It's baseball, though, in which the tribal fury of Chicago sports is best expressed. The Chicago Cubs play at Wrigley Field on the North Side, in Lakeview, and the Chicago White Sox play at U.S. Cellular Field (Comiskey Park, underneath the corporate naming rights) on the South Side, in Bridgeport. Both franchises have more than a century's worth of history, and both teams play 81 home games from April to the beginning of October. Everything else is a matter of fiercely held opinion. The two three-game series when the teams play each other are the hottest sports tickets in Chicago during any given year. If someone offers you tickets to a game, pounce.
There are plenty of smaller leagues in the city as well, although some play their games in the suburbs. The Chicago Fire (Major League Soccer) play soccer in the suburb of Bridgeview, near the Southwest Side of Chicago, the Chicago Red Stars (National Women's Soccer League) play at Benedictine University in suburban Lisle, the Chicago Sky play women's professional basketball at the Allstate Arena in the suburb of Rosemont, also home to the Chicago Wolves minor league hockey team, and the Windy City Rollers skate flat-track roller derby in neighboring Cicero. Minor league baseball teams dot the suburbs as well.
While college athletics are not one of Chicago's strong points, Northwestern football (in Evanston) and DePaul basketball (off-campus in Rosemont) show occasional signs of life. If you find yourself in Hyde Park, ask someone how the University of Chicago football team is doing — it's a surefire conversation starter.
Modern American comedy — the good parts, at least — was born when a group of young actors from Hyde Park formed The Compass Players, fusing intelligence and a commitment to character with an improvisational spark. One strand of their topical, hyper-literate comedy led, directly or indirectly, to Shelly Berman, Mike Nichols & Elaine May, Lenny Bruce, M*A*S*H and The Mary Tyler Moore Show; another strand, namely The Second City, led to Saturday Night Live and a pretty huge percentage of the funny movies and television of the last thirty years. Still in Chicago's Old Town (and few other places as well), still smart and still funny, Second City does two-act sketch revues followed by one act of improvisation. If you only see one show while you're in Chicago, Second City is a good choice.
Improvisational comedy as a performance art form is a big part of the Chicago theater scene. At Lakeview and Uptown theaters like The Annoyance Theater, I.O., and The Playground, young actors take classes and perform shows that range from ragged to inspired throughout the week. Some are fueled by the dream of making the cast of SNL or Tina Fey's latest project, and some just enjoy doing good work on-stage, whether or not they're getting paid for it (and most aren't). There's no guarantee that you'll see something great on any given night, but improv tends to be cheaper than anything else in town, and it can definitely be worth the risk. Another popular theater experience is the comedy/drama hybrid Too Much Light Makes The Baby Go Blind, offering 30 plays in 60 minutes every weekend in Andersonville.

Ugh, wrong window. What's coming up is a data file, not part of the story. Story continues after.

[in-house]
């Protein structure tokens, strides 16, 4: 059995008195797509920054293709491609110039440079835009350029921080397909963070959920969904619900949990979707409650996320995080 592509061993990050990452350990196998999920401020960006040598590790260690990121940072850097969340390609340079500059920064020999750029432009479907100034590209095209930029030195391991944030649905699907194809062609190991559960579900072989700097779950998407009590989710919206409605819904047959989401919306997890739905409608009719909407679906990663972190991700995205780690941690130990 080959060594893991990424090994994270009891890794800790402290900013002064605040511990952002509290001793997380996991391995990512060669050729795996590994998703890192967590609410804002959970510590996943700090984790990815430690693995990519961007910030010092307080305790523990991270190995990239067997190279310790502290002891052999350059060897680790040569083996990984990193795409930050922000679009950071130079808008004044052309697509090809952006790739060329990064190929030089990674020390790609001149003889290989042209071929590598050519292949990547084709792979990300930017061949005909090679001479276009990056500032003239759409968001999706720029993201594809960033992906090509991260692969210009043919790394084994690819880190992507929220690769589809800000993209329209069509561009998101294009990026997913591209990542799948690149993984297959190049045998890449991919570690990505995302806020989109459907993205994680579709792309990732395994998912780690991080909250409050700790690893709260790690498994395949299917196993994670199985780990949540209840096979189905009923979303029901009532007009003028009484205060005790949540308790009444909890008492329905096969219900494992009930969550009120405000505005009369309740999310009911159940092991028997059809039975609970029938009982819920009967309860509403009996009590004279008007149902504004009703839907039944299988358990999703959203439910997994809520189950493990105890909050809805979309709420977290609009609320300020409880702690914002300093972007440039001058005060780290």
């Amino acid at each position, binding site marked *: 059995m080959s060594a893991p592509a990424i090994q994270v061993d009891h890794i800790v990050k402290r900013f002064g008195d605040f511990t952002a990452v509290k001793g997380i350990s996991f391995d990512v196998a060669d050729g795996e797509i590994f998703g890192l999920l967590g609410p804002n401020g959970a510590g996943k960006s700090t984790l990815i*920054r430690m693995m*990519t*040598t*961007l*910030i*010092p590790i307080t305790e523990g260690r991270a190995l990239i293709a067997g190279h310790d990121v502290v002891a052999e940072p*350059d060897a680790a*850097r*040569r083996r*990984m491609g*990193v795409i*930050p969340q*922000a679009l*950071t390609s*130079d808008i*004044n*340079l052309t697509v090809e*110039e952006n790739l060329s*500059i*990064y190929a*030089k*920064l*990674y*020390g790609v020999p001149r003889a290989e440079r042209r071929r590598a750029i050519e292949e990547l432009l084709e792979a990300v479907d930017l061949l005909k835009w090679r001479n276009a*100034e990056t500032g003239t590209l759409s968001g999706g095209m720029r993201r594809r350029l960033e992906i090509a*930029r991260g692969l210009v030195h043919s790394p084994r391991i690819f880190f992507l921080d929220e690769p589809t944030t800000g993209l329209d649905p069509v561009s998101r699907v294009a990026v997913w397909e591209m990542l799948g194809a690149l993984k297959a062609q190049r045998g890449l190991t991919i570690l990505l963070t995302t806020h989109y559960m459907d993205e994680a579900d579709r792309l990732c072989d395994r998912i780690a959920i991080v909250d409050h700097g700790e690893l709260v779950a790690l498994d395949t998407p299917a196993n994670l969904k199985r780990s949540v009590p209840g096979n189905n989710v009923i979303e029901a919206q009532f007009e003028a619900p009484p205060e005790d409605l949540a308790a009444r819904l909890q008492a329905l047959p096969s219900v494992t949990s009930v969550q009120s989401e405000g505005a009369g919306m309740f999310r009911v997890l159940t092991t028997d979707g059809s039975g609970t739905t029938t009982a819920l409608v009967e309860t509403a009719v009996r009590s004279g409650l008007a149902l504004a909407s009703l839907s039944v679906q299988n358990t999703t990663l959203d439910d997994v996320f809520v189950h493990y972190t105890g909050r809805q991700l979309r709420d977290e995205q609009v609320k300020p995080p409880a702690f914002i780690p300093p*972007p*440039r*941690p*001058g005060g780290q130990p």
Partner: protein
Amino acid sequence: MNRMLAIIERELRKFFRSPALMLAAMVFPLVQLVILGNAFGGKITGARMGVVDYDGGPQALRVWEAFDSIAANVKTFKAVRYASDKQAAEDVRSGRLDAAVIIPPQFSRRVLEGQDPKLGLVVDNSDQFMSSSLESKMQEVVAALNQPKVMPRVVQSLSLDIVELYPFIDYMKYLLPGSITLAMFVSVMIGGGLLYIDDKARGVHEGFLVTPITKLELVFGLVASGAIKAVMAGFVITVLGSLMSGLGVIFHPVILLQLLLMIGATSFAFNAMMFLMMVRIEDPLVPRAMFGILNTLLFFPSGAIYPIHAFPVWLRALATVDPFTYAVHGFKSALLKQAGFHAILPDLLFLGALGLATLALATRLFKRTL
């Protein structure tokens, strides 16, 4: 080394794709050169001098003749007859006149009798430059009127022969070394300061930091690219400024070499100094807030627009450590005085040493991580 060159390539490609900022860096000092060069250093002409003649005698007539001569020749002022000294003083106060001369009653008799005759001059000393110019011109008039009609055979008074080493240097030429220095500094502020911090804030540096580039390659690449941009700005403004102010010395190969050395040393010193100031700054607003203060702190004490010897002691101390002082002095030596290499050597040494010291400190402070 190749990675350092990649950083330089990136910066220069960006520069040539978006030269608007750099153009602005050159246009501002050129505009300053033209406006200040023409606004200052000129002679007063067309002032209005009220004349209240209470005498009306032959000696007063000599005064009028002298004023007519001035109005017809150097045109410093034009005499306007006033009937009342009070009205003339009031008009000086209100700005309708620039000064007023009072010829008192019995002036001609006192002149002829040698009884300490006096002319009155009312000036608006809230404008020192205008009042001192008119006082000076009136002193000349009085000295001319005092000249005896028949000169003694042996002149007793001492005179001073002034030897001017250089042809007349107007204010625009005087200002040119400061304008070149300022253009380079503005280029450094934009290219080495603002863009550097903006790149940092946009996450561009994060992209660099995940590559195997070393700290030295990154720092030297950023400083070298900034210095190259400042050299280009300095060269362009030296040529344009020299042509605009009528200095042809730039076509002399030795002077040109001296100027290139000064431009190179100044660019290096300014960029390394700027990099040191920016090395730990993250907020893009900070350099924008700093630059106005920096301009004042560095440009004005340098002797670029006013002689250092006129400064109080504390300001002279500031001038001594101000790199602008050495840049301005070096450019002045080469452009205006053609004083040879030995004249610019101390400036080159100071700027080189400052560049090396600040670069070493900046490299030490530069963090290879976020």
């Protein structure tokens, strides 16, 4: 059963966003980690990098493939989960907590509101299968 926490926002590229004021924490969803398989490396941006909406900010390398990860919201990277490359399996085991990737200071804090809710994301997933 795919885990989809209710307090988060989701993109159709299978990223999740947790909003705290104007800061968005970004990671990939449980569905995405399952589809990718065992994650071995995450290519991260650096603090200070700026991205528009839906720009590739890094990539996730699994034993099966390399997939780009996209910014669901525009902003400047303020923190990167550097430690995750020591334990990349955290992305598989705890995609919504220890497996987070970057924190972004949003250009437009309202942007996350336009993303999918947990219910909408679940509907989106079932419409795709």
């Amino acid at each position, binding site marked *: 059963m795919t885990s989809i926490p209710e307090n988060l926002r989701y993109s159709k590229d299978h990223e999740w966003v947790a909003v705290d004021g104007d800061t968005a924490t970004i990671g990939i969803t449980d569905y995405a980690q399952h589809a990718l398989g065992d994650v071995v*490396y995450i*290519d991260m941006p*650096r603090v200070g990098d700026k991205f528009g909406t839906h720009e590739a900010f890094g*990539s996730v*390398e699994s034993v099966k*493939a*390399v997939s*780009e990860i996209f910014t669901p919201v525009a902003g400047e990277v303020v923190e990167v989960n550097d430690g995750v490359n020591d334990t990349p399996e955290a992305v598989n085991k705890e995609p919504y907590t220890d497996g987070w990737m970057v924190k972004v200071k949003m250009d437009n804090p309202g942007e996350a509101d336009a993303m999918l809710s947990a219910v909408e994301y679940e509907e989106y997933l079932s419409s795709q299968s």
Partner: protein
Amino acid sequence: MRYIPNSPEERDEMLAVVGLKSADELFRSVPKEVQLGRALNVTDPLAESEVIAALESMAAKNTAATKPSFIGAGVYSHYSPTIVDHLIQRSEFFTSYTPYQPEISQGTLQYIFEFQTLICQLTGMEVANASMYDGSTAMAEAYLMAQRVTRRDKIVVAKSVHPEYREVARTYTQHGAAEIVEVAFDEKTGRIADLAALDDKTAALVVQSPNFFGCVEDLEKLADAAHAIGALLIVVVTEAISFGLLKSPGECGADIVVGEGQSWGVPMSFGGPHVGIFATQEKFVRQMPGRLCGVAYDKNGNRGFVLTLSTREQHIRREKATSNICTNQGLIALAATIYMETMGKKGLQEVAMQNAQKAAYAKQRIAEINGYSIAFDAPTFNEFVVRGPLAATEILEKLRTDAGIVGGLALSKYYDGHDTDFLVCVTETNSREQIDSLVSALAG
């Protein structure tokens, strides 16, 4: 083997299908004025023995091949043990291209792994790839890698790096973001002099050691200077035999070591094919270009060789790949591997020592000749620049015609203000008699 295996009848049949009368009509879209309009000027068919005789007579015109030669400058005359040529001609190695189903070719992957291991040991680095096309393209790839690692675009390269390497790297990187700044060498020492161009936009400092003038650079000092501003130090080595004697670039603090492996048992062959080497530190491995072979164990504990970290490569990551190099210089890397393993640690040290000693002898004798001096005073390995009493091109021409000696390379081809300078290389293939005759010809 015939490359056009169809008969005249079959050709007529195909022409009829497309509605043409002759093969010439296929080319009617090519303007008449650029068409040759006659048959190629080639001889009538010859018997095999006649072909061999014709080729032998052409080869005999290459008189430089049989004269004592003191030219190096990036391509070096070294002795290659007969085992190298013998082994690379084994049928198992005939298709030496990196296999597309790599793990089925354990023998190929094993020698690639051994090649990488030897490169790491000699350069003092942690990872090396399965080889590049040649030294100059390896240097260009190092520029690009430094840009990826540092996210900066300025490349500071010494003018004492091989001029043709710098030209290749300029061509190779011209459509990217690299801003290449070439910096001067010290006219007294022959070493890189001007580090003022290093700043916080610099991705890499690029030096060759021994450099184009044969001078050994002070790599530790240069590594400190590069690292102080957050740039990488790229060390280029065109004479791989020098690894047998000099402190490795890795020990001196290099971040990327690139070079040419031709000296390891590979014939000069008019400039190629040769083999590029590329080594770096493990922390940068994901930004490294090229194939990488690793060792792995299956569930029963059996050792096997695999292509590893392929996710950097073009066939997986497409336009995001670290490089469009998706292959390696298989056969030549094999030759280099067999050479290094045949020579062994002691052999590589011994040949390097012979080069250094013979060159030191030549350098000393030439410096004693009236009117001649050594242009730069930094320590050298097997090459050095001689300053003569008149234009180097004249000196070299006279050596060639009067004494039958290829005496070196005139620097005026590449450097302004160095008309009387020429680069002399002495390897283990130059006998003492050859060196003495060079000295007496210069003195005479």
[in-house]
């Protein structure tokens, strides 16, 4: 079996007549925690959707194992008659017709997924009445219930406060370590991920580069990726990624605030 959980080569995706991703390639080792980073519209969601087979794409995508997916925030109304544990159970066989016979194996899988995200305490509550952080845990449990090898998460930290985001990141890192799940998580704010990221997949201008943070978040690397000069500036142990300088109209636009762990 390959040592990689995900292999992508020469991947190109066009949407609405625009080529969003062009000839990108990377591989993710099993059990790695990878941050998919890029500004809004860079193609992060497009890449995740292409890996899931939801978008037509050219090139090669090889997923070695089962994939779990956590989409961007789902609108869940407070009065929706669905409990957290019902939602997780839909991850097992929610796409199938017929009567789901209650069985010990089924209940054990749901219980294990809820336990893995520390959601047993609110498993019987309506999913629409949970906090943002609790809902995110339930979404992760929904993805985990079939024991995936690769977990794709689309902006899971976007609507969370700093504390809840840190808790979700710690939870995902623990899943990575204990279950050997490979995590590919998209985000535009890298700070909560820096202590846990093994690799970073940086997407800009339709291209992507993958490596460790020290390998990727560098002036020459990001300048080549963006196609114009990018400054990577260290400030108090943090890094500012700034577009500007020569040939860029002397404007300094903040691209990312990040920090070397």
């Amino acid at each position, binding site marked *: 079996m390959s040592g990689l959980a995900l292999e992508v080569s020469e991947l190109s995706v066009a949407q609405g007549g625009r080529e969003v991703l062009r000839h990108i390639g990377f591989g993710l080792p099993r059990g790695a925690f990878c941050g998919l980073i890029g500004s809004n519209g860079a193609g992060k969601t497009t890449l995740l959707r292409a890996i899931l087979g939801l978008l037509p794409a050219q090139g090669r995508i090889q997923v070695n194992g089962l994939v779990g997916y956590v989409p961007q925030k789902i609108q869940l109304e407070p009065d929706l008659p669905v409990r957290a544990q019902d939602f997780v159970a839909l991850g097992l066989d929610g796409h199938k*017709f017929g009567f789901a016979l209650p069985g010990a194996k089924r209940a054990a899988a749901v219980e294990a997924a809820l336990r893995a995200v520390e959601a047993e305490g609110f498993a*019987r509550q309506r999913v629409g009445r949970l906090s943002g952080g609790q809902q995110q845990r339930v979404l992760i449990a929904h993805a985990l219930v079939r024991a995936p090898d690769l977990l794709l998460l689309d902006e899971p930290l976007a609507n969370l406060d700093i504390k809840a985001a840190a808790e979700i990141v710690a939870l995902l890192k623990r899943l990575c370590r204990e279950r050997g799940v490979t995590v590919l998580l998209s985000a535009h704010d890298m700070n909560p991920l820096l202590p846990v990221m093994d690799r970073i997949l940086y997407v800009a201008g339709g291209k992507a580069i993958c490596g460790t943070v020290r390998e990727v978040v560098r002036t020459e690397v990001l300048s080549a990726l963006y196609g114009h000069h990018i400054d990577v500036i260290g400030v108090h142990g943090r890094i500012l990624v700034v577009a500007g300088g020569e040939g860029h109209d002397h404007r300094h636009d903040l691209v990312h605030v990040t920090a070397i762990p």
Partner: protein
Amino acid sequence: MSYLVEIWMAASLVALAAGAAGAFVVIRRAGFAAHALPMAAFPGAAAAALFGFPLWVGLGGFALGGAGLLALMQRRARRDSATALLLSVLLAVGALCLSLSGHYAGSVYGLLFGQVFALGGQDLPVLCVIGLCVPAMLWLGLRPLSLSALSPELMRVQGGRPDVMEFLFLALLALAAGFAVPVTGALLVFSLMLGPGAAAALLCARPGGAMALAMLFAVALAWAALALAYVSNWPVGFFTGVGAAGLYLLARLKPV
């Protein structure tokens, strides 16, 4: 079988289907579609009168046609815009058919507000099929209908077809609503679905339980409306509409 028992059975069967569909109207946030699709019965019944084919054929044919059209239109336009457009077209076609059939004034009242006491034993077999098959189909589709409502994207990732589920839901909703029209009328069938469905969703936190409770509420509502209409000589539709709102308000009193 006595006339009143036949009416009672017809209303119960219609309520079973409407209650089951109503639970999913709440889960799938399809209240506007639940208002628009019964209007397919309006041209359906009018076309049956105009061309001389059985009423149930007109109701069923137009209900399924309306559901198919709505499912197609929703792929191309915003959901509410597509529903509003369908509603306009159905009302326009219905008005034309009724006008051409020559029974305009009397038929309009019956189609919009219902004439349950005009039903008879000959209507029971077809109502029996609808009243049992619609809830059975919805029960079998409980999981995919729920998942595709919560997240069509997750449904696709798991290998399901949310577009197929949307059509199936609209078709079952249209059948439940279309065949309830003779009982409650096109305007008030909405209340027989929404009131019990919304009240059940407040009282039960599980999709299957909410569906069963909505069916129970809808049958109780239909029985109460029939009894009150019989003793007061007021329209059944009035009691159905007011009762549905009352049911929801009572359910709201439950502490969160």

Steppenwolf, in Lincoln Park, is Chicago's other landmark theater. Founded in 1976, they have a history of taking risks onstage, and they have the ensemble to back it up, with heavyweights like Joan Allen, John Malkovich, and Gary Sinise. Steppenwolf isn't cheap any more, but they mix good, young actors with their veteran ensemble and still choose interesting, emotionally-charged scripts. It's the best place in town to see modern, cutting-edge theater with a bit of "I went to..." name-drop value for the folks back home.
Most of the prestige theaters, including the Broadway in Chicago outlets, are located in the Loop or the Near North. Tickets are expensive and can be tough to get, but shows destined for Broadway like The Producers often make their debut here. For the cost-conscious, the League of Chicago Theatres operates Hot Tix, which offers short-notice half-price tickets to many Chicago shows.
One theater to see, regardless of the production, is The Auditorium in the Loop. It's a masterpiece of architecture and of performance space. Designed by Dankmar Adler and Louis Sullivan, who were on a commission from syndicate of local business magnates to bring some culture to the heathen city, it was the tallest building in Chicago and one of the tallest in the world at the time of its opening in 1889, and it's still an impressive sight, inside and out.